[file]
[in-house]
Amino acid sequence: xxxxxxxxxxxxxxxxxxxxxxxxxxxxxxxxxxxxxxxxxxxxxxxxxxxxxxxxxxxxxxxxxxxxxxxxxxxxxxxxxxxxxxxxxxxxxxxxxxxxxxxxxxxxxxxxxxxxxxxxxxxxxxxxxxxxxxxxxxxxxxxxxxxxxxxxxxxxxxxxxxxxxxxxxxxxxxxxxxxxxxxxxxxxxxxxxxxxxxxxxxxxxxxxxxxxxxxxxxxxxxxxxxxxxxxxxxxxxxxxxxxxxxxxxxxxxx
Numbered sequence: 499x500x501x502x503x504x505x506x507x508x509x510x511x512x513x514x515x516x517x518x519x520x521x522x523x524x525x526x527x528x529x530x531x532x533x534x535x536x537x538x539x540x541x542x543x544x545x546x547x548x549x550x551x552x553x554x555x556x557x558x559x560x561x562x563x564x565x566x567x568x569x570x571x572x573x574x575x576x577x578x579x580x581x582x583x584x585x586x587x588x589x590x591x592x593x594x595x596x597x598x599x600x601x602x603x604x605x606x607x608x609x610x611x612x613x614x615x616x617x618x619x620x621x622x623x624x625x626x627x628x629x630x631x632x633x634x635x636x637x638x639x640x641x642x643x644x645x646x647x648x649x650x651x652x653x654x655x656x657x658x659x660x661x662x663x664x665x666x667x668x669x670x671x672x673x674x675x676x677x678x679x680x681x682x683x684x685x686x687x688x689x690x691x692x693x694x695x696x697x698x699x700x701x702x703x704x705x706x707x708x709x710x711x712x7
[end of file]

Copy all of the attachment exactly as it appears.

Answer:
[in-house]
Amino acid sequence: xxxxxxxxxxxxxxxxxxxxxxxxxxxxxxxxxxxxxxxxxxxxxxxxxxxxxxxxxxxxxxxxxxxxxxxxxxxxxxxxxxxxxxxxxxxxxxxxxxxxxxxxxxxxxxxxxxxxxxxxxxxxxxxxxxxxxxxxxxxxxxxxxxxxxxxxxxxxxxxxxxxxxxxxxxxxxxxxxxxxxxxxxxxxxxxxxxxxxxxxxxxxxxxxxxxxxxxxxxxxxxxxxxxxxxxxxxxxxxxxxxxxxxxxxxxxxx
Numbered sequence: 499x500x501x502x503x504x505x506x507x508x509x510x511x512x513x514x515x516x517x518x519x520x521x522x523x524x525x526x527x528x529x530x531x532x533x534x535x536x537x538x539x540x541x542x543x544x545x546x547x548x549x550x551x552x553x554x555x556x557x558x559x560x561x562x563x564x565x566x567x568x569x570x571x572x573x574x575x576x577x578x579x580x581x582x583x584x585x586x587x588x589x590x591x592x593x594x595x596x597x598x599x600x601x602x603x604x605x606x607x608x609x610x611x612x613x614x615x616x617x618x619x620x621x622x623x624x625x626x627x628x629x630x631x632x633x634x635x636x637x638x639x640x641x642x643x644x645x646x647x648x649x650x651x652x653x654x655x656x657x658x659x660x661x662x663x664x665x666x667x668x669x670x671x672x673x674x675x676x677x678x679x680x681x682x683x684x685x686x687x688x689x690x691x692x693x694x695x696x697x698x699x700x701x702x703x704x705x706x707x708x709x710x711x712x7